MANSFIELD - The annual Kiss Concert is a behemoth pageant of chart-toppers, and this year's model was no exception, featuring a cavalcade of short sets from (among many other Top 40 darlings) sibling heartthrobs the Jonas Brothers, newly minted pop star Leona Lewis, R&B singer Ray J, and pop-rockers Maroon 5.
But this year KISS staged a high-wattage stroll down memory lane - with a hometown twist - as New Kids on the Block, the pride of Beantown in the late '80s, reunited for its first local show in 14 years at the Tweeter Center last night.
In natty black suits and sneakers, Jordan and Jonathan Knight, Donnie Wahlberg, Joey McIntyre, and Danny Wood - now in their mid-30s - trotted out a nimble facsimile of the old-school footwork set to a button-pushing medley of "Step By Step"; "Hangin' Tough"; "Please Don't Go Girl"; and "You Got It (The Right Stuff)." Five female dancers in Celtics jerseys paid tribute to the home team's win last night (Wahlberg and Wood were late getting from the game to the venue, causing a reshuffling of set times).
Heartfelt shout-outs to the hometown crowd were greeted with comparably enthusiastic spasms of shrieking, which didn't wane a decibel during the New Kids' sweet-natured new single, "Summertime," and "Tonight," a goofy paean from the group's second album to the good old days of their first album.
The sound was so poor throughout the concert that it's nearly impossible to comment on what the New Kids sound like all these years later; ticket-holders for NKOTB's two sold-out Boston Garden shows in September will find out. It hardly mattered in the context of last night's love fest - but with a new album on the way, New Kids surely hope the excitement greeting their reunion deepens into something more lasting than passing nostalgia.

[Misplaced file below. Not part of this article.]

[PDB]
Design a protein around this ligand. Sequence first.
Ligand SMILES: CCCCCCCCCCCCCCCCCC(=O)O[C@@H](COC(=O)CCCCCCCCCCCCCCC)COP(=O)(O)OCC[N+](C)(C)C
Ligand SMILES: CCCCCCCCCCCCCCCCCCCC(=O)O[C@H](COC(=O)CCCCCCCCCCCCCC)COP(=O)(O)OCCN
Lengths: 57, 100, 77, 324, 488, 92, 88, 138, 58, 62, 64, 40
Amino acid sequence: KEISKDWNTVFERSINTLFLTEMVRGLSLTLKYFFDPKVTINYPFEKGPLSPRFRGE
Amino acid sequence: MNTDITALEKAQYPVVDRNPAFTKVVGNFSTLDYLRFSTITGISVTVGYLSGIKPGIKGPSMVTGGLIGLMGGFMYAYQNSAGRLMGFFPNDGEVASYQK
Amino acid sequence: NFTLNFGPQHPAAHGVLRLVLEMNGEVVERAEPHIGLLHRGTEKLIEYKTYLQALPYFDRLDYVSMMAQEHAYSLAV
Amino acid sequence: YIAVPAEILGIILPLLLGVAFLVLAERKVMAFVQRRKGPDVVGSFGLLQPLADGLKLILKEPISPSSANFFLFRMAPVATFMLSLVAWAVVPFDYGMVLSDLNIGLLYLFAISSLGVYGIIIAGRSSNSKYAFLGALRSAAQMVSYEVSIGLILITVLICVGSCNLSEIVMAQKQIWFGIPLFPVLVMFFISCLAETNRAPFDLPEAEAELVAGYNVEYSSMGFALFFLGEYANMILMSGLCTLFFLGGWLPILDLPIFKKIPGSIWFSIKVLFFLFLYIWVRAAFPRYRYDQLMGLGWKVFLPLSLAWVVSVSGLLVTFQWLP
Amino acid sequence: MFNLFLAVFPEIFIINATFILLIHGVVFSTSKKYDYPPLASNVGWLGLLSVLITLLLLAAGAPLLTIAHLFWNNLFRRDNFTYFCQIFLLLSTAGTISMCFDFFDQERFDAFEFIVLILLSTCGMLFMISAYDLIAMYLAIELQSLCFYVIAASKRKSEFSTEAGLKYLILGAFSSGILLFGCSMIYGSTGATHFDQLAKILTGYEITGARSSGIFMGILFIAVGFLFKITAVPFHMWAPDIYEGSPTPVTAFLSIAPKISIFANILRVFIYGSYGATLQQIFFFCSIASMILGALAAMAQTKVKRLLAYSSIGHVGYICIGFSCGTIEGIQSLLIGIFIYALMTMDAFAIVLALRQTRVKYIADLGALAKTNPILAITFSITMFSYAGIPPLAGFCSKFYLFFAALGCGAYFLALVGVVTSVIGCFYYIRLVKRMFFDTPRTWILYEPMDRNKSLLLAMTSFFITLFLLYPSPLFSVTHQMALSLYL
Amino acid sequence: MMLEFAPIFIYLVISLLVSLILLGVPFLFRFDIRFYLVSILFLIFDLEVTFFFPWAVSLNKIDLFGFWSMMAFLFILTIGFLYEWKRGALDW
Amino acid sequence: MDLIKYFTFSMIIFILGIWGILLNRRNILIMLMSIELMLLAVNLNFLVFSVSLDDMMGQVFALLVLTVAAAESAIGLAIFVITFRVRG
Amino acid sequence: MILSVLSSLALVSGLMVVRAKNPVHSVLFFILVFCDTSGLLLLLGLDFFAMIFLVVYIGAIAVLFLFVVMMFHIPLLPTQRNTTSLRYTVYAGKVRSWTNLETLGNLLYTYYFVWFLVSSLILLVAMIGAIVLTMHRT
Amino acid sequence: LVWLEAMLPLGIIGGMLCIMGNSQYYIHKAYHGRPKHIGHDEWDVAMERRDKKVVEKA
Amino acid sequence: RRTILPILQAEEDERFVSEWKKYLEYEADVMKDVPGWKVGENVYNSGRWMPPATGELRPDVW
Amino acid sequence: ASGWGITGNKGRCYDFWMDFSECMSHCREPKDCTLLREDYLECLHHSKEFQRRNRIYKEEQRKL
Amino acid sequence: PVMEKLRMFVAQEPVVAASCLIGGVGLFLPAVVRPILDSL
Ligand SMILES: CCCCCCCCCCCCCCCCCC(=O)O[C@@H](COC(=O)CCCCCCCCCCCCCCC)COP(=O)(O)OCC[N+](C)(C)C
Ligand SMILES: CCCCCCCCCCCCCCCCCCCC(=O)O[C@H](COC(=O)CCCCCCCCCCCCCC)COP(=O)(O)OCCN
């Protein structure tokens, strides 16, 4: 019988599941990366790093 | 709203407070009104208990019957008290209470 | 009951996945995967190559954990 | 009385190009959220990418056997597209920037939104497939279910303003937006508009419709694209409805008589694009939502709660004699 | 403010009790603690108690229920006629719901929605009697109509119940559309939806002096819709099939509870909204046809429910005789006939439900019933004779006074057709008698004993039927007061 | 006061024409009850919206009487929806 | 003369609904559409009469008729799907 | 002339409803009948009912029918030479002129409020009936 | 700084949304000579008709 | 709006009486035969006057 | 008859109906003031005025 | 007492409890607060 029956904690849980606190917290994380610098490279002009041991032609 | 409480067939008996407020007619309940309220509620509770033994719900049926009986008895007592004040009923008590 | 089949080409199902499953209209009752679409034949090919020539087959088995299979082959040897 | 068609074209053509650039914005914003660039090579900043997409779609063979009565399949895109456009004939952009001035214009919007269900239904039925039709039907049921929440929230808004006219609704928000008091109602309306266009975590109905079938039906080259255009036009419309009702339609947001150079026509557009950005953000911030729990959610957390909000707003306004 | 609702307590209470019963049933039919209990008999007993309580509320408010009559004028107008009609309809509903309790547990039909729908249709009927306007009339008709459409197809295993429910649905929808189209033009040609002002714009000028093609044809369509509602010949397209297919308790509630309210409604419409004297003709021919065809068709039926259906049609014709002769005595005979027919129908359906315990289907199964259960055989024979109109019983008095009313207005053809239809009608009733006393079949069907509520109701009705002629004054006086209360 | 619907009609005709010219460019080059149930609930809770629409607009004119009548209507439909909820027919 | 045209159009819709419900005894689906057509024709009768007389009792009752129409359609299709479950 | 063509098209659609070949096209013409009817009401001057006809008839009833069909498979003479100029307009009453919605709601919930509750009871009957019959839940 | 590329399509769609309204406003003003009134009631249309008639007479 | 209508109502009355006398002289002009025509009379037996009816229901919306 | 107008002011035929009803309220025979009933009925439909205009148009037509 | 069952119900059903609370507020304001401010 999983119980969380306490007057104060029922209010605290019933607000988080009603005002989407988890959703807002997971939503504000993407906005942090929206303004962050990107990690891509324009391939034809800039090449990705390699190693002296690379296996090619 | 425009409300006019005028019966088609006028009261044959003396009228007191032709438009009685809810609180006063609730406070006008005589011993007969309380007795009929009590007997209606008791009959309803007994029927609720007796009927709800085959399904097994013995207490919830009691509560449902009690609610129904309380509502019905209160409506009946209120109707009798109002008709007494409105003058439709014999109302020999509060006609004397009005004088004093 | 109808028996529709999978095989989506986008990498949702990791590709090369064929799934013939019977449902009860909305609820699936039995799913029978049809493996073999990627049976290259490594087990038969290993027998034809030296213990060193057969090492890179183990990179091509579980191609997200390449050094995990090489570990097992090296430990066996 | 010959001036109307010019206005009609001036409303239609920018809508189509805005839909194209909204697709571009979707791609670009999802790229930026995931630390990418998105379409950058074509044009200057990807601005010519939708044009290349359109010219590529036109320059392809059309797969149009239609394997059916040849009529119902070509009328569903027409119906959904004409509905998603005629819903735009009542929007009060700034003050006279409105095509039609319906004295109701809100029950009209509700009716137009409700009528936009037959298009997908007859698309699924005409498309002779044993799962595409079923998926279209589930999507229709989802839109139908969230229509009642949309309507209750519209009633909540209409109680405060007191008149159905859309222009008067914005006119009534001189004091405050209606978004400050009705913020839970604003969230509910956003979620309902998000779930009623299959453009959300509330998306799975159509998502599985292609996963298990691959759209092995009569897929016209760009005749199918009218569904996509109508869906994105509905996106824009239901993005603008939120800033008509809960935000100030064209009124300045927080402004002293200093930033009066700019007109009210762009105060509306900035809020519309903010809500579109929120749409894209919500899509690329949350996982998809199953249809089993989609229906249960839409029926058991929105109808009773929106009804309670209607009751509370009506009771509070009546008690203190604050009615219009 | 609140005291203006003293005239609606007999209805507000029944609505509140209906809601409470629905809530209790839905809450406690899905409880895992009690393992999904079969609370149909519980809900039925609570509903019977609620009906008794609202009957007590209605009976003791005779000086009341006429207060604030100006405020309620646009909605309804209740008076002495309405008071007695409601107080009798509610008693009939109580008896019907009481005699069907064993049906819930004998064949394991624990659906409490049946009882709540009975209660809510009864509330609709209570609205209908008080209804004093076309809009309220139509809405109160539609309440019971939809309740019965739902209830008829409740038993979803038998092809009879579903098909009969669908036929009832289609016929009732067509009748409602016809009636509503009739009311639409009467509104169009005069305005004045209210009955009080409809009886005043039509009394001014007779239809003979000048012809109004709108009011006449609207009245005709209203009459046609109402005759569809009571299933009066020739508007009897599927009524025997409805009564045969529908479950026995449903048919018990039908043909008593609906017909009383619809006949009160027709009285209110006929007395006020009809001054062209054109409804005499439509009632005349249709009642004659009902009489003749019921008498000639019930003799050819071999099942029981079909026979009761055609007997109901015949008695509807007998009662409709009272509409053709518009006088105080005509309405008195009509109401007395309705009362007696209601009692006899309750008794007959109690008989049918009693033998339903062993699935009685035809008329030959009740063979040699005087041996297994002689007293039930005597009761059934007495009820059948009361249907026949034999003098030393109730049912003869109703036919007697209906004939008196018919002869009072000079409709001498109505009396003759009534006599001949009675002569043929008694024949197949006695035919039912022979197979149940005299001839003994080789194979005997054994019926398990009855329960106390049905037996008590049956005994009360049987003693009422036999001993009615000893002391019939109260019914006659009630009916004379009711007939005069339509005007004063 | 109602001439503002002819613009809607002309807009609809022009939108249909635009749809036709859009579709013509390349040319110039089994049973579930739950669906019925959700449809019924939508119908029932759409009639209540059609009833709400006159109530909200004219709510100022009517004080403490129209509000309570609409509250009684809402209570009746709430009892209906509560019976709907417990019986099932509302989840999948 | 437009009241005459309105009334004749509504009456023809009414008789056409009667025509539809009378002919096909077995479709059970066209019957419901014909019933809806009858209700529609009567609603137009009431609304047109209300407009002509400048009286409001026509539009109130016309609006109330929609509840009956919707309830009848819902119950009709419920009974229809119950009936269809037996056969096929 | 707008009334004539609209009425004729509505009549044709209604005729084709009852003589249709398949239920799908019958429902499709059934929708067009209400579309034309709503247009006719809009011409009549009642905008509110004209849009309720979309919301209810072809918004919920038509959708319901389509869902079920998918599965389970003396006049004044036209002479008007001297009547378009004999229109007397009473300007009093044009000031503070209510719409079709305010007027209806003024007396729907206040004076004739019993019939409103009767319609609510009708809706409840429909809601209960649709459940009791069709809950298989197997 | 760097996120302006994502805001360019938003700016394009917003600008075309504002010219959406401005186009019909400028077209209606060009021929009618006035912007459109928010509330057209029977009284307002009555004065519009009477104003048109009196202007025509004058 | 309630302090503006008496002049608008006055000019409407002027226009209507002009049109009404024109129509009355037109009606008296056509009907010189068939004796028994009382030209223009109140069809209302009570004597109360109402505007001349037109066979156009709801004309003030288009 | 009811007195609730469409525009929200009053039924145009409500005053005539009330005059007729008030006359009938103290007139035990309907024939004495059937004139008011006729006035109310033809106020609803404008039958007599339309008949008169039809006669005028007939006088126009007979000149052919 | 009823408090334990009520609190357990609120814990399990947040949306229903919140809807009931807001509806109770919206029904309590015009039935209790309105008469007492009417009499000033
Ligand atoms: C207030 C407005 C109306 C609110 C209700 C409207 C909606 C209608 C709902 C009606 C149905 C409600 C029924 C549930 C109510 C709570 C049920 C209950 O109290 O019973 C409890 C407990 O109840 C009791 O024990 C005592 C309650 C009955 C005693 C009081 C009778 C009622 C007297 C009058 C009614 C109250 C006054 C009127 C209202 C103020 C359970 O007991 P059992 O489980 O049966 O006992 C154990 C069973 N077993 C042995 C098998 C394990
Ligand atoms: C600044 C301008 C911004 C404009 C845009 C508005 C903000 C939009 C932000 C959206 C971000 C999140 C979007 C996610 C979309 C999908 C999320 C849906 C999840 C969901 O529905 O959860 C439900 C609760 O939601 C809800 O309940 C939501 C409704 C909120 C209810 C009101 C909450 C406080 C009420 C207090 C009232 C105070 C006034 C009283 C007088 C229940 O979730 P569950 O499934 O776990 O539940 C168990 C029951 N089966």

A more current breed of hometown heroes also wowed the crowd last night: Boys Like Girls, whose drummer, John Keefe, graduated high school on the Tweeter Center stage, plied effervescent youth anthems to sugar-coated, angsty perfection.
Despite the range of styles represented in today's Top 40, the connecting thread during yesterday's nine-hour event was a preponderance of catchy hooks. Everyone from Jesse McCartney, updating his Disney-certified sound with an itchy R&B edge, to Euro-dance queen Cascada, to slick teen rapper Sean Kingston plied sweet, sweet melodies.
Former Fugee Wyclef Jean's galvanizing performance found him scaling the venue's support pillars and carrying small children onto the stage, while singer-songwriter Gavin DeGraw nearly conquered the dreadful sound mix with the sheer force of his soulful voice.
Simon Cowell protegee Leona Lewis didn't fare as well, partly because two of her three songs were delicate ballads. When she got around to singing "Bleeding Love," her hit single, Lewis brought the powerhouse "Idol" brand to life with Mariah Carey-caliber vocal pyrotechnics.
Maroon 5 and Natasha Bedingfield delivered arena-strength pop-rock sets spiked with rhythm and blues and plenty of romance and swagger. But no amount of seasoned songwriting or stage presence could induce the level of hysteria conjured by the mere mention of the Jonas Brothers. When the mop-topped New Jersey trio materialized, they whirled and jumped and fell to their knees in the service of hook-drenched power pop.